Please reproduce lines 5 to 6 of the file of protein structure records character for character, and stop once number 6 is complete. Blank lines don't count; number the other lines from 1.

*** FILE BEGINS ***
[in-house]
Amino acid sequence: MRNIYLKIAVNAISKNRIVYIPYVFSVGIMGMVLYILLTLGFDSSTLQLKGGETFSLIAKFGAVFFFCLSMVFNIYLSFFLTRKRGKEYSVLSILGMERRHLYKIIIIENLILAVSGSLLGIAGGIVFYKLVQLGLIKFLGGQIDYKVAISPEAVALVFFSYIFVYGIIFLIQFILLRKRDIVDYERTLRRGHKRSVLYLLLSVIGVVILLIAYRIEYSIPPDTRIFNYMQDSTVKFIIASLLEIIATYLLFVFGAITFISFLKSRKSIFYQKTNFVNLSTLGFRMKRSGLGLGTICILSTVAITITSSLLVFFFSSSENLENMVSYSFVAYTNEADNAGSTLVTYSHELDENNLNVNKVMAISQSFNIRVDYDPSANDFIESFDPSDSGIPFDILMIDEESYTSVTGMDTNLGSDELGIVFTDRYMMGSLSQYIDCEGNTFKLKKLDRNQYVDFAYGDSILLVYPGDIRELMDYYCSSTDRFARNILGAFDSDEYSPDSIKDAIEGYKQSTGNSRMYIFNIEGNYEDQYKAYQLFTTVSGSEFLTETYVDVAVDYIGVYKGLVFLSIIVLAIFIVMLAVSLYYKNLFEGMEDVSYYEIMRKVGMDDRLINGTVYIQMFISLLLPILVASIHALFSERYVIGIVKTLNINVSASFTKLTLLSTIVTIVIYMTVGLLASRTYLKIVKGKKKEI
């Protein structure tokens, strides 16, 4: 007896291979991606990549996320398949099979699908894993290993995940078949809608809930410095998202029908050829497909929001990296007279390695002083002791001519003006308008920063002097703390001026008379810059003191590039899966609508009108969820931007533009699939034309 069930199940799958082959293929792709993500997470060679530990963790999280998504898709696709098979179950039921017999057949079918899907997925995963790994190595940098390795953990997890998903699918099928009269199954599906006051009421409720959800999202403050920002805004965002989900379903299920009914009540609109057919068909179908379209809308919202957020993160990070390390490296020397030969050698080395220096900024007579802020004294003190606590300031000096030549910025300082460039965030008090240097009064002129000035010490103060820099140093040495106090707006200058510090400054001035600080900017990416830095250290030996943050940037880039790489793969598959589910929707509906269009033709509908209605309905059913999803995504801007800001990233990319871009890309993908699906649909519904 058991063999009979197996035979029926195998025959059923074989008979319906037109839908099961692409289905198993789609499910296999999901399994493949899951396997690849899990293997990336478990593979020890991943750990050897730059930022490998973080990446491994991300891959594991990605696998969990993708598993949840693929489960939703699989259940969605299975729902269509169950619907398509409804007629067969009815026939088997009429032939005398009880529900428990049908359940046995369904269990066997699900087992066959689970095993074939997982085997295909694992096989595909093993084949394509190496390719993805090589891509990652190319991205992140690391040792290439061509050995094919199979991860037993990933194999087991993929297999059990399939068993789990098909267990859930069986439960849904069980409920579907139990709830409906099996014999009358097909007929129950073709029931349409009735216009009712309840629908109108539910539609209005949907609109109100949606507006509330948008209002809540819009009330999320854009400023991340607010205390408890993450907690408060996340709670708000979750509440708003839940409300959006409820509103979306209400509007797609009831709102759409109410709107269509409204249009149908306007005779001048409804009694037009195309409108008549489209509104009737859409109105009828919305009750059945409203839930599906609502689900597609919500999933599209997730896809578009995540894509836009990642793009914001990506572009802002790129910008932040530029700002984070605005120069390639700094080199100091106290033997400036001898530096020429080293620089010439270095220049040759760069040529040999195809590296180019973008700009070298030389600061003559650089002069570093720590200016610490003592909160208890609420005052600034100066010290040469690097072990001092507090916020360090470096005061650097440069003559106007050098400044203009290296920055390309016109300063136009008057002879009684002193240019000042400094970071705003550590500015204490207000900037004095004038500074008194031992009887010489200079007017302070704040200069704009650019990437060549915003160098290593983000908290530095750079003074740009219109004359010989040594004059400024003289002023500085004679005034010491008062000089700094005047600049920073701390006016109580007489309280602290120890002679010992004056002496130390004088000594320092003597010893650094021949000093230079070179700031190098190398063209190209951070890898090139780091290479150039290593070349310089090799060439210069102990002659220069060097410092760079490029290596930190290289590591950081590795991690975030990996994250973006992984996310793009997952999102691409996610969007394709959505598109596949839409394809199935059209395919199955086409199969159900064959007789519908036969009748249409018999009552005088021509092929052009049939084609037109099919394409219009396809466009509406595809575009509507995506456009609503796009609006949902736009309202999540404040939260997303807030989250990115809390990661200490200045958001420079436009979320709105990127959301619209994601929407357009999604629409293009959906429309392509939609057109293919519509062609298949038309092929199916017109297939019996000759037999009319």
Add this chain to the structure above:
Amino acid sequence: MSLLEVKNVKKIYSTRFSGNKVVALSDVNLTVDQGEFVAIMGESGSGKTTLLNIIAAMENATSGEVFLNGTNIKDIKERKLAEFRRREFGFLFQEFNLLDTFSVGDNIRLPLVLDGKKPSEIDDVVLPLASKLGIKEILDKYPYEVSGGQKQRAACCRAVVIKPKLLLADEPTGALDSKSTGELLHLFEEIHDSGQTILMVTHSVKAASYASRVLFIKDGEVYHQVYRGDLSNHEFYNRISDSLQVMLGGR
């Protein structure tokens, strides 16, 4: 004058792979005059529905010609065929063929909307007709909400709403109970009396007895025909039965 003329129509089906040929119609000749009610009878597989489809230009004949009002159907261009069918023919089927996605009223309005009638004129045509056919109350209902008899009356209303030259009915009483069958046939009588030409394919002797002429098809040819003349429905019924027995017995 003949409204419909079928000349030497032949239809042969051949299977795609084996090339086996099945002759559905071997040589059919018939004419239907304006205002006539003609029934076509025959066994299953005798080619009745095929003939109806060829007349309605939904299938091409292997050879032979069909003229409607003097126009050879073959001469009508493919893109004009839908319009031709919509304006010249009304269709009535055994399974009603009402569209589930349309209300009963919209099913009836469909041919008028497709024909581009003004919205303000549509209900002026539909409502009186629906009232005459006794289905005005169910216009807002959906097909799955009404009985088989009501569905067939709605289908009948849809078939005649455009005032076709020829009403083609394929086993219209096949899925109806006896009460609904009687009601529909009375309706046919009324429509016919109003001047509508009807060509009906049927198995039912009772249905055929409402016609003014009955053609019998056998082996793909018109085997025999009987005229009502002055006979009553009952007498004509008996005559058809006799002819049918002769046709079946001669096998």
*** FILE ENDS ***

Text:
Amino acid sequence: MSLLEVKNVKKIYSTRFSGNKVVALSDVNLTVDQGEFVAIMGESGSGKTTLLNIIAAMENATSGEVFLNGTNIKDIKERKLAEFRRREFGFLFQEFNLLDTFSVGDNIRLPLVLDGKKPSEIDDVVLPLASKLGIKEILDKYPYEVSGGQKQRAACCRAVVIKPKLLLADEPTGALDSKSTGELLHLFEEIHDSGQTILMVTHSVKAASYASRVLFIKDGEVYHQVYRGDLSNHEFYNRISDSLQVMLGGR
């Protein structure tokens, strides 16, 4: 004058792979005059529905010609065929063929909307007709909400709403109970009396007895025909039965 003329129509089906040929119609000749009610009878597989489809230009004949009002159907261009069918023919089927996605009223309005009638004129045509056919109350209902008899009356209303030259009915009483069958046939009588030409394919002797002429098809040819003349429905019924027995017995 003949409204419909079928000349030497032949239809042969051949299977795609084996090339086996099945002759559905071997040589059919018939004419239907304006205002006539003609029934076509025959066994299953005798080619009745095929003939109806060829007349309605939904299938091409292997050879032979069909003229409607003097126009050879073959001469009508493919893109004009839908319009031709919509304006010249009304269709009535055994399974009603009402569209589930349309209300009963919209099913009836469909041919008028497709024909581009003004919205303000549509209900002026539909409502009186629906009232005459006794289905005005169910216009807002959906097909799955009404009985088989009501569905067939709605289908009948849809078939005649455009005032076709020829009403083609394929086993219209096949899925109806006896009460609904009687009601529909009375309706046919009324429509016919109003001047509508009807060509009906049927198995039912009772249905055929409402016609003014009955053609019998056998082996793909018109085997025999009987005229009502002055006979009553009952007498004509008996005559058809006799002819049918002769046709079946001669096998």